One of the most interesting and popular government-run real estate bazaars takes place Monday, when Charleston County holds its annual delinquent tax sale.
The bidding starts at 9 a.m. sharp in Council Chambers in the Lonnie Hamilton III Public Services Building at 4045 Bridge View Drive in North Charleston.
Real estate of all stripes will be up for grabs first, with mobile homes to follow, in alphabetical order according to the owner’s last name or business name. The sale will continue at 9 a.m. Tuesday if necessary.
Dozens of investors usually show up clutching their lists at the annual event, which as of Friday was projected to feature about 1,000 pieces of real estate and 140 mobile homes.
Typically, most of the properties that go on the block each year never actually change hands in a legal sense. That’s because the owners have another 12 months to pay their delinquent tax bills, along with hefty financial penalties.
The main attraction for the bidders is the interest they can earn on their money. The rate of return depends on how long the real estate goes unclaimed. It ranges from 3 percent for the first three months to 12 percent for last three months, according to the county’s website.
It’s too late for owners with properties on the lists — they’re in spreadsheets at charlestoncounty.org under the large delinquent tax sale banner — to have them removed. The deadline for paying the Treasurer’s Office was Friday afternoon.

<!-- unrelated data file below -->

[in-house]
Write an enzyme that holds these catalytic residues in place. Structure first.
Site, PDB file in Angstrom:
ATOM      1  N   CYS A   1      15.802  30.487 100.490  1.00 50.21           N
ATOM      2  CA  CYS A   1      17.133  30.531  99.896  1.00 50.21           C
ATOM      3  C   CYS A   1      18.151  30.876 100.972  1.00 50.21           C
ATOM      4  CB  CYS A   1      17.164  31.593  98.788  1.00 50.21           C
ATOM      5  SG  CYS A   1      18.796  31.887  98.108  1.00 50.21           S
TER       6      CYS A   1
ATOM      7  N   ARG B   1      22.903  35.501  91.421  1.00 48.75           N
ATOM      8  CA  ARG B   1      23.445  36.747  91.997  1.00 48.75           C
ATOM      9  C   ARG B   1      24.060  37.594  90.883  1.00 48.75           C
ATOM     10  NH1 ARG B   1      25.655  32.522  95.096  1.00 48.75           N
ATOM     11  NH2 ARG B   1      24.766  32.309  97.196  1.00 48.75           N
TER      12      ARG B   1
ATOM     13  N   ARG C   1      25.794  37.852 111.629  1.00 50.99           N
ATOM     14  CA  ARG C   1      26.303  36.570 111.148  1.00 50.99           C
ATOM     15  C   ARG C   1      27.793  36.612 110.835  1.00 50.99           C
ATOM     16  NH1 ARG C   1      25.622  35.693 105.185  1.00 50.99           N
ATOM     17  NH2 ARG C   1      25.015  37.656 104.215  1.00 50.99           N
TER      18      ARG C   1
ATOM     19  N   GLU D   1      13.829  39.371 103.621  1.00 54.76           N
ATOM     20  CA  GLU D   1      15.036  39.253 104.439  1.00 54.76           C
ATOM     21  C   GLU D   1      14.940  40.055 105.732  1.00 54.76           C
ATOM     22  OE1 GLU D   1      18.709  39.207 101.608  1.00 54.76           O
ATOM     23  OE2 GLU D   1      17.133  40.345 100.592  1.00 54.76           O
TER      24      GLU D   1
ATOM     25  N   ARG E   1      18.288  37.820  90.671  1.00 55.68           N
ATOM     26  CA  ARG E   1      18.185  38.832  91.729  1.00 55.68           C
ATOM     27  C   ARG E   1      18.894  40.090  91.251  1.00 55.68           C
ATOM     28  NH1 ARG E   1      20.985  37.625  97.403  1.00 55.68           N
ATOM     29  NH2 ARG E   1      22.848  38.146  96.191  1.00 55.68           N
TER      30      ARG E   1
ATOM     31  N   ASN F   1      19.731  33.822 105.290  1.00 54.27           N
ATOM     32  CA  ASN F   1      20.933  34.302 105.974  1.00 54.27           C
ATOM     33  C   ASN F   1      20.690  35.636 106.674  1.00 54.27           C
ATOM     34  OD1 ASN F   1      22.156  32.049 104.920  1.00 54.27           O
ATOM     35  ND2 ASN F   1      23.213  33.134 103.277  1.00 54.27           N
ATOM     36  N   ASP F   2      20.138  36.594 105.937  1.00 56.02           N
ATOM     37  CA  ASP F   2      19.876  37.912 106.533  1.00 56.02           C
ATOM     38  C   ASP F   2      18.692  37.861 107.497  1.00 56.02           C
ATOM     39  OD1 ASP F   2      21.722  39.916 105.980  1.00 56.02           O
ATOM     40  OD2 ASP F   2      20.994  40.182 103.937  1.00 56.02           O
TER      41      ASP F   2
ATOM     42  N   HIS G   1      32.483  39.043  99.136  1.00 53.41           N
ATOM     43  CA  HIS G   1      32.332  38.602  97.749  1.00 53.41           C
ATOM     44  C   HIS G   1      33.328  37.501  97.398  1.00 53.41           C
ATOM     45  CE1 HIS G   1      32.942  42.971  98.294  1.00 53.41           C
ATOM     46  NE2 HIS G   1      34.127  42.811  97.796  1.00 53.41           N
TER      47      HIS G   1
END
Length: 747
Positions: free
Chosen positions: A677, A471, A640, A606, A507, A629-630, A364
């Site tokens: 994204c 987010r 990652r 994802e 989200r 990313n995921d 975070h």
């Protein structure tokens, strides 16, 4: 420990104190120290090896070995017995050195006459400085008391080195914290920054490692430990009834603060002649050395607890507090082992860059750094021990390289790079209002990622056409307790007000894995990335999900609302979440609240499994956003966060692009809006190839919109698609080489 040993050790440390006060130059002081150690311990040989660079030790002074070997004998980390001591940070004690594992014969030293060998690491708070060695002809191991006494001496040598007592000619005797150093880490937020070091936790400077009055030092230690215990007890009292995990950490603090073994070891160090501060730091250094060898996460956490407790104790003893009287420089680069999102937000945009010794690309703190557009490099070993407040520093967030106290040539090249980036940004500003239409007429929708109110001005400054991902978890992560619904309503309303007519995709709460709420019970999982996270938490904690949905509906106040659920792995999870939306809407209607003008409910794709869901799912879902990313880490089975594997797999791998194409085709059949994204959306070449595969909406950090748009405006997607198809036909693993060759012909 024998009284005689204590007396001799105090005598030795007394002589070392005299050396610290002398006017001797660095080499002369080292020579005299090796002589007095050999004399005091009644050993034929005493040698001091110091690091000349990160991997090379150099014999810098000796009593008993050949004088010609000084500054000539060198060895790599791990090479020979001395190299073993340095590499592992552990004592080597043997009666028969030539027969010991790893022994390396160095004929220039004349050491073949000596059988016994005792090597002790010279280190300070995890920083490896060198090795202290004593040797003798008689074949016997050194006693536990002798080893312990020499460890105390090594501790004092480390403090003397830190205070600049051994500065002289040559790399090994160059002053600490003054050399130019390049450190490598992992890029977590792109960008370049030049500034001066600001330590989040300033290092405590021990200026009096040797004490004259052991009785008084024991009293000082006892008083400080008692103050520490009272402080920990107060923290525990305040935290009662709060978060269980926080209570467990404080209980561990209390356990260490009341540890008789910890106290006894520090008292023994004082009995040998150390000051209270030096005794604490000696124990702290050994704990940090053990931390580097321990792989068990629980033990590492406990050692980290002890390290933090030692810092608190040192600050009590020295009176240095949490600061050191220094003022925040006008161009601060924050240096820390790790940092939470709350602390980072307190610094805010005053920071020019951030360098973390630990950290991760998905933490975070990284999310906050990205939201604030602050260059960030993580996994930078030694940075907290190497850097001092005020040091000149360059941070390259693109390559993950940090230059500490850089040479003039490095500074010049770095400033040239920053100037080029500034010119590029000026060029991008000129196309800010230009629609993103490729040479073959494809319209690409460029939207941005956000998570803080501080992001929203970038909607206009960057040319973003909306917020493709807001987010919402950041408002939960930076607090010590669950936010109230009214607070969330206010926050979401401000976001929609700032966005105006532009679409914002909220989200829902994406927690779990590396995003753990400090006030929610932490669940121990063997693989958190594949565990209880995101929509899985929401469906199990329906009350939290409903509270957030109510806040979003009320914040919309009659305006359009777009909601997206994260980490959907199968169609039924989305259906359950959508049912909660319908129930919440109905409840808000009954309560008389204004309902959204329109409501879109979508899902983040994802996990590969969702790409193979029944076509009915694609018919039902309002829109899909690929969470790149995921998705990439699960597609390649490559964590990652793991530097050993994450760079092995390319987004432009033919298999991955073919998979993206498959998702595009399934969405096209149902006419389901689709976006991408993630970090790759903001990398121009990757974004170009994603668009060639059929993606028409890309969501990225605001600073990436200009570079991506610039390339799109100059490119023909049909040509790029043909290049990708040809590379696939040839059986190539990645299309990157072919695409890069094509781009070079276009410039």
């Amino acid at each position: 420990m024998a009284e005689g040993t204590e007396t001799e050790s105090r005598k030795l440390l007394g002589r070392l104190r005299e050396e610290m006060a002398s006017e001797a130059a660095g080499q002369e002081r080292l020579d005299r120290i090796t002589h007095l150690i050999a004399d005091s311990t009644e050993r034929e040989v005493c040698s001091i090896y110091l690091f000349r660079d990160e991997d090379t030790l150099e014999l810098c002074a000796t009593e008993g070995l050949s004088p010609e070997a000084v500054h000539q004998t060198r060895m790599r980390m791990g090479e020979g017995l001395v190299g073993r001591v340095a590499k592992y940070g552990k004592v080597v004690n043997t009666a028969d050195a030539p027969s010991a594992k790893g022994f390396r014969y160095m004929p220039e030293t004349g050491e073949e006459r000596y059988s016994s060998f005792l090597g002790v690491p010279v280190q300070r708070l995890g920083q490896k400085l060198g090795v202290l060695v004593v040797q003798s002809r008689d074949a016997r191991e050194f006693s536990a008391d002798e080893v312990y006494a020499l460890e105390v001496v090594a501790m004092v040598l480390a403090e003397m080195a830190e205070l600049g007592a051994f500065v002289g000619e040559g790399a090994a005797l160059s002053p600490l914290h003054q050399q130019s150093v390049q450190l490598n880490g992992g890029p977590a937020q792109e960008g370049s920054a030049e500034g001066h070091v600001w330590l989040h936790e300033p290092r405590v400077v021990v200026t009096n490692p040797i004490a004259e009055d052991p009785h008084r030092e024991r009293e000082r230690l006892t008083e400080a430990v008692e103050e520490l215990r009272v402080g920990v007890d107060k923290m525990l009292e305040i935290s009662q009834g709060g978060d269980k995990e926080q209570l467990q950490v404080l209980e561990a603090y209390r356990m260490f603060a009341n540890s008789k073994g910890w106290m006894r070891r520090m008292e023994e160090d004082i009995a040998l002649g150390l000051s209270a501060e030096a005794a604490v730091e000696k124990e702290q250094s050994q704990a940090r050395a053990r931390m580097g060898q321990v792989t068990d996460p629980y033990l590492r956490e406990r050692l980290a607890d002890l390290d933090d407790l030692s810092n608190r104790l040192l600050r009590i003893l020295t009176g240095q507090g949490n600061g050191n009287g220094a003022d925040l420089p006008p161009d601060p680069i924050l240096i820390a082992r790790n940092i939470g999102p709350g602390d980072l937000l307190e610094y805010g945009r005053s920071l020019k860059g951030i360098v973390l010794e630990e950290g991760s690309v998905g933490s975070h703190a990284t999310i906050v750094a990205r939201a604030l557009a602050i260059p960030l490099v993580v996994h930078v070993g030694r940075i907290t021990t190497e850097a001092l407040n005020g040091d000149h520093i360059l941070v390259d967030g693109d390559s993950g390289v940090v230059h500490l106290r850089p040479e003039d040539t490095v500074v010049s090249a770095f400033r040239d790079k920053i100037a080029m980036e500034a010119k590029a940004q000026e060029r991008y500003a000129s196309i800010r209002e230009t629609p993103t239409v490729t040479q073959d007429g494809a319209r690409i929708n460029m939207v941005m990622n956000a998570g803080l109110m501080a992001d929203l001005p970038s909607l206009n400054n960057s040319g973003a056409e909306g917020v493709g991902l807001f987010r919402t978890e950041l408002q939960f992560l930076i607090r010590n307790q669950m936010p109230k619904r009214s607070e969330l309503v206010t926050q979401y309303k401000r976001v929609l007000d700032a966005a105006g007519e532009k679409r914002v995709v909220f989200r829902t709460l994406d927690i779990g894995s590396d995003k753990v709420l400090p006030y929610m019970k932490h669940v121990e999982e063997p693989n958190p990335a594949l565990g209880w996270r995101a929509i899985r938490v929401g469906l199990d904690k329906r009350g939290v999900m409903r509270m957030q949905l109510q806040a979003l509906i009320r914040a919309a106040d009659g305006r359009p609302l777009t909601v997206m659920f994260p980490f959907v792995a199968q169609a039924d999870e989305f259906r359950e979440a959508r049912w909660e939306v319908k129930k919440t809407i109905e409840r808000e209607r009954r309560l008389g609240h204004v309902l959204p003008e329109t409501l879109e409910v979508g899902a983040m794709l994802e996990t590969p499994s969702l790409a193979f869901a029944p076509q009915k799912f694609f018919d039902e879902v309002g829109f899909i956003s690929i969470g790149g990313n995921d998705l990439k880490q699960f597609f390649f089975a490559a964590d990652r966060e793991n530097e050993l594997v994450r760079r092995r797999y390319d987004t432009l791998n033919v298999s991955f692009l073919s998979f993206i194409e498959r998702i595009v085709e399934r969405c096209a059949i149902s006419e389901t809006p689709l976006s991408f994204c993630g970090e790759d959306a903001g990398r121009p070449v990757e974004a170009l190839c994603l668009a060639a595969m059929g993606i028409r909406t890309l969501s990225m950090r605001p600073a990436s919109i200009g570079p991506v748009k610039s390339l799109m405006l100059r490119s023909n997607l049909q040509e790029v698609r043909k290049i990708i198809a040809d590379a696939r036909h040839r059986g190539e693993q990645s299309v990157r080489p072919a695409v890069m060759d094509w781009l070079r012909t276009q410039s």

South Carolina has a history of taking its lumps in national rankings, hence the frequent proclaim: “Thank God for Mississippi.” But when it comes to manure, few places pile it on better than the Palmetto State.
South Carolina ranks No. 10 nationally for growth in the number of acres of farmland fertilized with manure between 2007 and 2012, according to an agricultural census conducted every five years by the U.S. Department of Agriculture.
The state’s 3.9 percent growth in the use of nature’s fertilizer topped Kansas (3.4 percent) and trailed Tennessee (6 percent). Louisiana led the nation, with a hip-wader-worthy growth of 44.5 percent.
According to the data, there were 3,115 S.C. farms spreading dung on 264,113 acres in 2012, the latest numbers available. Among the biggest trends in farm excrement is the growing use of poultry poop instead of factory-made guano to fertilize property, according to LawnStarter, a Texas-based lawn care service that compiled the doody data. That’s because chicken ca-ca is cheap — about $30 per ton compared to commercial fertilizer’s $200 to $600 price tag per ton.
Each year, farm animals in the U.S. generate more than 670 billion pounds of manure, says LawnStarter’s statistics. To put that in perspective, that’s nearly the weight of 4,761 Carnival Fantasy cruise ships.
The shipping line that once threatened to leave Charleston over a 2008 labor dispute remains the region’s top ocean carrier, according to statistics released last week by the State Ports Authority.
Maersk Line accounted for 22.1 percent of all shipping containers that crossed the SPA’s terminals in fiscal 2015, which ended June 30. That’s a 14 percent increase in the line’s cargo shipments through Charleston the previous year.
Cargo boxes in this case refers to 20-foot-long metal containers.
Mediterranean Shipping Co. was No. 2 in marketshare, accounting for 16 percent of the port’s cargo in fiscal 2015, followed by Hapag-Lloyd, with 8.7 percent.
Over the past 26 years, the Port of Charleston has retained all of its top 10 steamship line customers. That includes Maersk, which has been calling on the port since at least 1953.